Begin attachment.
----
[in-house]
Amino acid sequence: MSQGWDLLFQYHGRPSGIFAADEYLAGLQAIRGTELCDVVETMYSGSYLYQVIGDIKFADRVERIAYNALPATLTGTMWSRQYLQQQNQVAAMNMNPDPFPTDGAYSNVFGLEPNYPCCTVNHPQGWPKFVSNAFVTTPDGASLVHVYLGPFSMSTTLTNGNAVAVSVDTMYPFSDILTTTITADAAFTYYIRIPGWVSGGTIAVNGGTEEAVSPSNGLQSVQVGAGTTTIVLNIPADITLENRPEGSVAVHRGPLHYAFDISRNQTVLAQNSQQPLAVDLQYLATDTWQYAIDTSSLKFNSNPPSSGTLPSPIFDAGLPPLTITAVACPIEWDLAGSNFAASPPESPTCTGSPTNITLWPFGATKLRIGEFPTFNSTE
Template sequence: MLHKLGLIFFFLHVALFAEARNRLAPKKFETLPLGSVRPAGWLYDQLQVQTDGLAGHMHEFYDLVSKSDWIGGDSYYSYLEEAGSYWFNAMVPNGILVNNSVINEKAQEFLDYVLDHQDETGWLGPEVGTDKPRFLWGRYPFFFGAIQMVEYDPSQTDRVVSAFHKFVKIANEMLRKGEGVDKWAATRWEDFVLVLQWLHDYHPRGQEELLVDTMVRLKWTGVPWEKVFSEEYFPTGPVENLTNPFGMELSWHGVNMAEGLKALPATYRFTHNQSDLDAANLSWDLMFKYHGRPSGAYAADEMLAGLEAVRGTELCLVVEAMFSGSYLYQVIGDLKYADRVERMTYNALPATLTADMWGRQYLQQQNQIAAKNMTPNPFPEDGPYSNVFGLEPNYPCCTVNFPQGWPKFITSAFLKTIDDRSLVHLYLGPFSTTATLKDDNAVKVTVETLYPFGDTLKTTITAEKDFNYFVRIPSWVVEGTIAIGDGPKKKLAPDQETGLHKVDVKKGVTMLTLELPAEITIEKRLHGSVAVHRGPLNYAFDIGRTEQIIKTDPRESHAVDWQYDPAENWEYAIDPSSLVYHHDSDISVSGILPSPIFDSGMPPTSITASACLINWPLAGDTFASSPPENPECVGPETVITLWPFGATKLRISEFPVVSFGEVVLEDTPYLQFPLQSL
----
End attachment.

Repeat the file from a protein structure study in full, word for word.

[in-house]
Amino acid sequence: MSQGWDLLFQYHGRPSGIFAADEYLAGLQAIRGTELCDVVETMYSGSYLYQVIGDIKFADRVERIAYNALPATLTGTMWSRQYLQQQNQVAAMNMNPDPFPTDGAYSNVFGLEPNYPCCTVNHPQGWPKFVSNAFVTTPDGASLVHVYLGPFSMSTTLTNGNAVAVSVDTMYPFSDILTTTITADAAFTYYIRIPGWVSGGTIAVNGGTEEAVSPSNGLQSVQVGAGTTTIVLNIPADITLENRPEGSVAVHRGPLHYAFDISRNQTVLAQNSQQPLAVDLQYLATDTWQYAIDTSSLKFNSNPPSSGTLPSPIFDAGLPPLTITAVACPIEWDLAGSNFAASPPESPTCTGSPTNITLWPFGATKLRIGEFPTFNSTE
Template sequence: MLHKLGLIFFFLHVALFAEARNRLAPKKFETLPLGSVRPAGWLYDQLQVQTDGLAGHMHEFYDLVSKSDWIGGDSYYSYLEEAGSYWFNAMVPNGILVNNSVINEKAQEFLDYVLDHQDETGWLGPEVGTDKPRFLWGRYPFFFGAIQMVEYDPSQTDRVVSAFHKFVKIANEMLRKGEGVDKWAATRWEDFVLVLQWLHDYHPRGQEELLVDTMVRLKWTGVPWEKVFSEEYFPTGPVENLTNPFGMELSWHGVNMAEGLKALPATYRFTHNQSDLDAANLSWDLMFKYHGRPSGAYAADEMLAGLEAVRGTELCLVVEAMFSGSYLYQVIGDLKYADRVERMTYNALPATLTADMWGRQYLQQQNQIAAKNMTPNPFPEDGPYSNVFGLEPNYPCCTVNFPQGWPKFITSAFLKTIDDRSLVHLYLGPFSTTATLKDDNAVKVTVETLYPFGDTLKTTITAEKDFNYFVRIPSWVVEGTIAIGDGPKKKLAPDQETGLHKVDVKKGVTMLTLELPAEITIEKRLHGSVAVHRGPLNYAFDIGRTEQIIKTDPRESHAVDWQYDPAENWEYAIDPSSLVYHHDSDISVSGILPSPIFDSGMPPTSITASACLINWPLAGDTFASSPPENPECVGPETVITLWPFGATKLRISEFPVVSFGEVVLEDTPYLQFPLQSL